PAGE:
Juvenile rheumatoid arthritis (JRA) is a childhood disease that affects the joints. There are several different types of JRA, but systemic-onset juvenile rheumatoid arthritis is the rarest form, accounting for just 10%-20% of all JRA cases.
Systemic-onset JRA causes high, spiking fevers, rash, and joint aches. The word "systemic" means that it affects the entire body. Systemic-onset JRA usually begins when a child is between 5 and 10 years old, and it affects boys and girls equally.
Systemic-onset JRA is also known as Still's disease, named after the English doctor Sir George F. Still, who first recognized the illness in children in the late 1800s.
No one really knows what causes systemic-onset JRA. It is believed to be caused by a faulty immune response. That response may be triggered by another factor, such as stress, or a viral or bacterial infection.
Symptoms of Systemic-Onset JRA
The hallmark signs of systemic-onset JRA are a very high fevers (102 degrees Fahrenheit or higher) and a pale pink or salmon-colored rash, usually on the child's chest and thighs. Because of these symptoms, systemic-onset JRA is sometimes confused with a bacterial infection, but systemic-onset JRA does not respond to antibiotic treatment.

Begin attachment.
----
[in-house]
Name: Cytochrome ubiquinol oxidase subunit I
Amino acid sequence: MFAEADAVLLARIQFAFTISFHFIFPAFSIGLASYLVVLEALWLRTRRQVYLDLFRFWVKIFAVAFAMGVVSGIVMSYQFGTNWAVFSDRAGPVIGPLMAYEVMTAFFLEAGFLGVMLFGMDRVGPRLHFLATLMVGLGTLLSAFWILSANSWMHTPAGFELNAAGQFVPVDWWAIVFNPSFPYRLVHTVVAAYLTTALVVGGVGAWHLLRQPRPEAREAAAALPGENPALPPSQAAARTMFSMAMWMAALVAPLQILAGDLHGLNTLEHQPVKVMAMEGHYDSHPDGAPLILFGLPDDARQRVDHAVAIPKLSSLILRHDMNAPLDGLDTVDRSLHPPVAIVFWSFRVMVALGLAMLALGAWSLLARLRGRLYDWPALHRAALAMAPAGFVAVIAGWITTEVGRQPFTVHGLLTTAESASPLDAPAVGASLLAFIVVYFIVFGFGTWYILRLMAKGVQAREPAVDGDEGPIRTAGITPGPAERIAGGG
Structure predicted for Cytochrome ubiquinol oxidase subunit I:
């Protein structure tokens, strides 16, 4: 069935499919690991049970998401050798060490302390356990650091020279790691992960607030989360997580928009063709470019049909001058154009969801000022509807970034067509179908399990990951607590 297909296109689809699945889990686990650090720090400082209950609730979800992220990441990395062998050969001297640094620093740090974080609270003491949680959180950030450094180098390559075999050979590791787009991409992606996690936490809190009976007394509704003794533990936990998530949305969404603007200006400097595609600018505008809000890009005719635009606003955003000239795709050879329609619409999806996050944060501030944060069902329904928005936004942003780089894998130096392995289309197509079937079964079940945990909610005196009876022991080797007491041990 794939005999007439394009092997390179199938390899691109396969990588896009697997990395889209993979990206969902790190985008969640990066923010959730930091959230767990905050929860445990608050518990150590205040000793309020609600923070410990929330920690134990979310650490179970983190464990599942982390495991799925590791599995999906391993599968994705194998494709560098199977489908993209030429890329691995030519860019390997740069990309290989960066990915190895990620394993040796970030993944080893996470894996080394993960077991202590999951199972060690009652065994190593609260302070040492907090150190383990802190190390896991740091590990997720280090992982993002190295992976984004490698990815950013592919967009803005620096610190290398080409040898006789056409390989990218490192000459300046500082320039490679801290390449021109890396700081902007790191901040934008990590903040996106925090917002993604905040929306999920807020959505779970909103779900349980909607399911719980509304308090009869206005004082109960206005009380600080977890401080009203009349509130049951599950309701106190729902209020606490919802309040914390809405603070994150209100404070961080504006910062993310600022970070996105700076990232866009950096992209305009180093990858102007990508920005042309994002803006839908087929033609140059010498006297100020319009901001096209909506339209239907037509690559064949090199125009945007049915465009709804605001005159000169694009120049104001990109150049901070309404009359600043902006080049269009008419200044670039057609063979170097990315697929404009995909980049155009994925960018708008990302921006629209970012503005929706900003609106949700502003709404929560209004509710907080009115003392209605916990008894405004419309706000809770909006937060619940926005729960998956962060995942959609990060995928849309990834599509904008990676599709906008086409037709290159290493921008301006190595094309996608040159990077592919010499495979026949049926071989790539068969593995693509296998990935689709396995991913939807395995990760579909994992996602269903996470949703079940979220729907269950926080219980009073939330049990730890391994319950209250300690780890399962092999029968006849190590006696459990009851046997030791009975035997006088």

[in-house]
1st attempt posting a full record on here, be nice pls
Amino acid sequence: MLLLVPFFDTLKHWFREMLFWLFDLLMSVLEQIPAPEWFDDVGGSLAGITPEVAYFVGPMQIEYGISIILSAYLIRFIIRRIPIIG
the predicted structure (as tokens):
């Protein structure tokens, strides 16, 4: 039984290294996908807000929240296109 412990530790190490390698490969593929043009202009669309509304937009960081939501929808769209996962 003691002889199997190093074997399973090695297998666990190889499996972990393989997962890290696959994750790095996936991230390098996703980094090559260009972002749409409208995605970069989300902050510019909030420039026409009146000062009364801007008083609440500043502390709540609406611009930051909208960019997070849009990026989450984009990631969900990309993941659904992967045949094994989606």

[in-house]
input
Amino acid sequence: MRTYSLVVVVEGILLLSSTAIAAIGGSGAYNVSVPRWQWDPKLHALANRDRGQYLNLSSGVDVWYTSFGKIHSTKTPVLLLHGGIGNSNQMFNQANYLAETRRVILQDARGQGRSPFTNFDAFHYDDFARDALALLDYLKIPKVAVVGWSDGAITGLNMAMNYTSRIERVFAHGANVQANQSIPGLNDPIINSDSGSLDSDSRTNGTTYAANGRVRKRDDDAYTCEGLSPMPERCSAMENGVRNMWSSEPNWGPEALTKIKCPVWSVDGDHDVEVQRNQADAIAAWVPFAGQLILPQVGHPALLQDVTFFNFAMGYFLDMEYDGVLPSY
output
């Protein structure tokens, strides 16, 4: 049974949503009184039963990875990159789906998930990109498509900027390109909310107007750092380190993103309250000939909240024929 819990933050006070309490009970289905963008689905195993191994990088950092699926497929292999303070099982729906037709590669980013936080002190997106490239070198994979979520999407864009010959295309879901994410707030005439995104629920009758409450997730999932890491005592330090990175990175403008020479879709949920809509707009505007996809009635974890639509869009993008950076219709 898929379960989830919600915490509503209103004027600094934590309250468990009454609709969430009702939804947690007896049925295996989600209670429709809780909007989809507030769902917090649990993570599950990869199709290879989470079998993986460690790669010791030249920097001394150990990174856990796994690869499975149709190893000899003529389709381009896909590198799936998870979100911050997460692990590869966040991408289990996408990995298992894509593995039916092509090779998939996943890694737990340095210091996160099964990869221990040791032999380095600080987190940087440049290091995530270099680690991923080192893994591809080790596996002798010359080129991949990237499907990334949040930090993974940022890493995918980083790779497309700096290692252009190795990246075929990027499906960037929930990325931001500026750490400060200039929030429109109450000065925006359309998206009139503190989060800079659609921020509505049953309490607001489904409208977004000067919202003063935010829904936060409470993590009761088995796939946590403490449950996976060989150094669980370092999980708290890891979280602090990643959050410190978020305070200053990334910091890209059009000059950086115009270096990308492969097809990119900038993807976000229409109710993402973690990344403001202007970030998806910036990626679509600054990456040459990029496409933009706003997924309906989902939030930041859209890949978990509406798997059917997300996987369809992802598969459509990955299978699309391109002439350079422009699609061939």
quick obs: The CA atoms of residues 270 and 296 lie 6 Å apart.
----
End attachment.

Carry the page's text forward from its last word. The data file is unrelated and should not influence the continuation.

The fever from systemic-onset JRA tends to spike several times during the day, usually peaking at night and then improving in the morning. Children also have joint pain and/or swelling, which can become more painful when the fever peaks.
Symptoms come and go over days, weeks, or months. When the fever is low, the child will seem to be fine, but when the fever returns the child will look and act sick. Children can have "good" days with few or no symptoms, and "bad" days with flare-ups of more severe symptoms.
Systemic-onset JRA also can cause inflammation of the lining of the lung (pleuritis) or lining of the heart (pericarditis), swollen lymph nodes, and an enlarged spleen and liver. Children with the condition may grow more slowly than normal.